Time to stop pandering on corn-based ethanol

Ethanol is a product that would not exist if Congress didn't create an artificial market for it. No one would be willing to buy it... Yet thanks to agricultural subsidies and ethanol producer subsidies, it is now a very big business - tens of billions of dollars that have enriched a handful of corporate interests - primarily one big corporation, ADM. Ethanol does nothing to reduce fuel consumption, nothing to increase our energy independence, nothing to improve air quality."

-John McCain, November 2003

I support ethanol and I think it is a vital, a vital alternative energy source not only because of our dependency on foreign oil but its greenhouse gas reduction effects.

-John McCain, August 2006, Grinnell, Iowa

The widespread use of ethanol from corn could result in nearly twice the greenhouse gas emissions as the gasoline it would replace because of expected land-use changes, researchers concluded Thursday. The study challenges the rush to biofuels as a response to global warming.

-Associated Press, February 7, 2008 

McCain has more often than not spoken against subsidies for corn-based ethanol, and he therefore claims he's been consistent on this issue. Sort of. Here's him trying to explain his ethanol flip-floppery to Tim Russert back in 2006, when he was still planning to contest Iowa. Judge for yourself whether you find it convincing.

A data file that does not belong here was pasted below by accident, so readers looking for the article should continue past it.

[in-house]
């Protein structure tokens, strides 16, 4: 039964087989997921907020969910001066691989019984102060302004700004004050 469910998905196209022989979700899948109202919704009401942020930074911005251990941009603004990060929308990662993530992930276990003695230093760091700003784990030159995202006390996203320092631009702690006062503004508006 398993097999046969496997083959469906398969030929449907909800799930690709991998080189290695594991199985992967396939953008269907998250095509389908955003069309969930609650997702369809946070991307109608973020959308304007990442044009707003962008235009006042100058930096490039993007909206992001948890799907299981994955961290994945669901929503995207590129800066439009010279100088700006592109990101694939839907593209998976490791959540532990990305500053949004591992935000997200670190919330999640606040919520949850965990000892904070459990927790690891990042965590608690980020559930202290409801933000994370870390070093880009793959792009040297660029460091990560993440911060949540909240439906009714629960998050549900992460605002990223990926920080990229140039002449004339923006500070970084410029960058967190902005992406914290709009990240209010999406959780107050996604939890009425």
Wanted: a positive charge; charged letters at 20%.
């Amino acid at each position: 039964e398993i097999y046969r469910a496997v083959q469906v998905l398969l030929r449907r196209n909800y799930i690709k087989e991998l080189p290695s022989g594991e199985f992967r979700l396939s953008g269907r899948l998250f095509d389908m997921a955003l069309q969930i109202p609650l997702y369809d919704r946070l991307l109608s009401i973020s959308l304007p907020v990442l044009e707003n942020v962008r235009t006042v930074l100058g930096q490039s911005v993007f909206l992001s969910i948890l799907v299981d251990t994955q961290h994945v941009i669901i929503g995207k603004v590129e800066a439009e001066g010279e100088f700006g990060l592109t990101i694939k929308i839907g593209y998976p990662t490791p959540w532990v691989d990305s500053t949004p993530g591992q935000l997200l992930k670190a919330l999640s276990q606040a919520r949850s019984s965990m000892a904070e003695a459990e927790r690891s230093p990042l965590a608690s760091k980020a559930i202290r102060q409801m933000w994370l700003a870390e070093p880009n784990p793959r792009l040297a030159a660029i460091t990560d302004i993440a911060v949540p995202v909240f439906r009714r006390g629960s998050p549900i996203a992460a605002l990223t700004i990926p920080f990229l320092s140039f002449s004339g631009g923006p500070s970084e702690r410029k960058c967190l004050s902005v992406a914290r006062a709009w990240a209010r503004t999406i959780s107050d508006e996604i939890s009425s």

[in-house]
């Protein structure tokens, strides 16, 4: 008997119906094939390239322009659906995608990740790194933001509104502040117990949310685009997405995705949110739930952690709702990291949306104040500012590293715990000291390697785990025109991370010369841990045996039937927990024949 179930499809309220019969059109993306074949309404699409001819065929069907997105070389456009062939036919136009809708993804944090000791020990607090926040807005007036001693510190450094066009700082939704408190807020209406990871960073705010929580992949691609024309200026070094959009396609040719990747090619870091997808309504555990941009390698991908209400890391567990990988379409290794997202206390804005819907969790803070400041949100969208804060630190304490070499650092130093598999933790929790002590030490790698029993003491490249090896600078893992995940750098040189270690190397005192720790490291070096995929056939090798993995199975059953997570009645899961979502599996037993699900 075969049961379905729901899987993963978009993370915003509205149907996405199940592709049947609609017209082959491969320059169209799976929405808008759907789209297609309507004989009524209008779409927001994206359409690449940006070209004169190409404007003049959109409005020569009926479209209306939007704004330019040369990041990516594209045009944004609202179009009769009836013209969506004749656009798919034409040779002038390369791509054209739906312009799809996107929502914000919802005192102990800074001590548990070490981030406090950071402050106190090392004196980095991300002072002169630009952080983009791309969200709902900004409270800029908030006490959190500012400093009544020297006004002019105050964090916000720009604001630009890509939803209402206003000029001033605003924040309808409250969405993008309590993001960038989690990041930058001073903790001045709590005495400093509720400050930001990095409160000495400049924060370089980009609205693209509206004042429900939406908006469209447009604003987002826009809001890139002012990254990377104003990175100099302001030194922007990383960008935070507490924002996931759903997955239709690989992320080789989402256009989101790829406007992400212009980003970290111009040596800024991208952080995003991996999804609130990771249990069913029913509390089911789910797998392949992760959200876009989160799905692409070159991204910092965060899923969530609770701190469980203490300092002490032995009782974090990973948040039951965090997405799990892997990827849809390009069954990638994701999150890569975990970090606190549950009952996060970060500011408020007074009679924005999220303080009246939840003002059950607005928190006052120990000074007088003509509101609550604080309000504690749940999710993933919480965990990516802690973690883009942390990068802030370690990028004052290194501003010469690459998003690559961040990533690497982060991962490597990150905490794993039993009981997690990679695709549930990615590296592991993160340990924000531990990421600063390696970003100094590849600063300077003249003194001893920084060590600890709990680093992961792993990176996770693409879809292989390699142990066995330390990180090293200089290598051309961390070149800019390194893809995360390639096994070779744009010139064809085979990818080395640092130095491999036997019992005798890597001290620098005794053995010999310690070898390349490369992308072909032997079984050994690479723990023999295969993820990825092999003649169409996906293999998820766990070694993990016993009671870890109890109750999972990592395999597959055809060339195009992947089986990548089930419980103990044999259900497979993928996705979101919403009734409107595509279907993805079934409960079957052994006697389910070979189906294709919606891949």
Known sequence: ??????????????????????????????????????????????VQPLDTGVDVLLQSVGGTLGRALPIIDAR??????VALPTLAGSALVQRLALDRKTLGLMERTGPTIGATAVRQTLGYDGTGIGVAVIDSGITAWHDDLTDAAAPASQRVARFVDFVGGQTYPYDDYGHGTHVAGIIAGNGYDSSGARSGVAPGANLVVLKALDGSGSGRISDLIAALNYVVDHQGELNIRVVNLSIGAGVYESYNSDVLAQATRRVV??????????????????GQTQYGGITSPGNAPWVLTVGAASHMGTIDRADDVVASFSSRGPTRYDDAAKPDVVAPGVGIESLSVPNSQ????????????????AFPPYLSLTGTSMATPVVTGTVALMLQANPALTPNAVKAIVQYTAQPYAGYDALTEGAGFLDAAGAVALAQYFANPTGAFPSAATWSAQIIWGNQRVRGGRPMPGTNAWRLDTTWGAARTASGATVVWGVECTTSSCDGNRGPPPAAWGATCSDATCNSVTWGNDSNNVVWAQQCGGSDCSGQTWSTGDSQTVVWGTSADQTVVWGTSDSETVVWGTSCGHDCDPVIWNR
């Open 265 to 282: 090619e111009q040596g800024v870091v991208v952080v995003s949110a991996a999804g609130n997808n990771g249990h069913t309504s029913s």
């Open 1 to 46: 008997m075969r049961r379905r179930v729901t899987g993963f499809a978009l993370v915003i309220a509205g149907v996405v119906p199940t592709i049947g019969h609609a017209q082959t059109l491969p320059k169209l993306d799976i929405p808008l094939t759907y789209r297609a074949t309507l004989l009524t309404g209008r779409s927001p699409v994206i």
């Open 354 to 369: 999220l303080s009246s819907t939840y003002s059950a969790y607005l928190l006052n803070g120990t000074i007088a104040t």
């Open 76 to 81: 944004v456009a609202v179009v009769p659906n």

As for Barack Obama, winning Iowa was the linchpin of his electoral strategy, and pander he did. And Hillary Clinton? She says she opposed ethanol subsidies on behalf of her New York constituents, but supports them as a presidential candidatebig time.

Nobody, in other words, looks good on this issue right now.


Smoke on the water, but no oversight at the ballot box

Europe's top election-watchdog group may not have gotten the welcome it wanted from neighboring Russia, but Deep Purple—best known for its hit "Smoke on the Water"—is getting the presidential treatment. Gazprom, Russia's state-owned energy company, has invited the band to perform a concert celebrating Gazprom's 15th anniversary and the departure of company head Dmitri Medvedev.

Apparently Medvedev, Russia's president-to-be, says the '70s British rock group is his favorite band. And he's not the only Deep Purple fanboy among the Russian elite. Last year, Medvedev and 70 other Russian business and government leaders invited the band's former lead singer Joe Lynn Turner to Moscow for a secret concert during Turner's Russian tour.

The Moscow Times has reported that Putin is expected to make an appearance at the upcoming show, but it might not be his cup of tea:

Putin is known to enjoy patriotic Russian pop songs. It was not clear if the concert lineup would have anything to suit his tastes.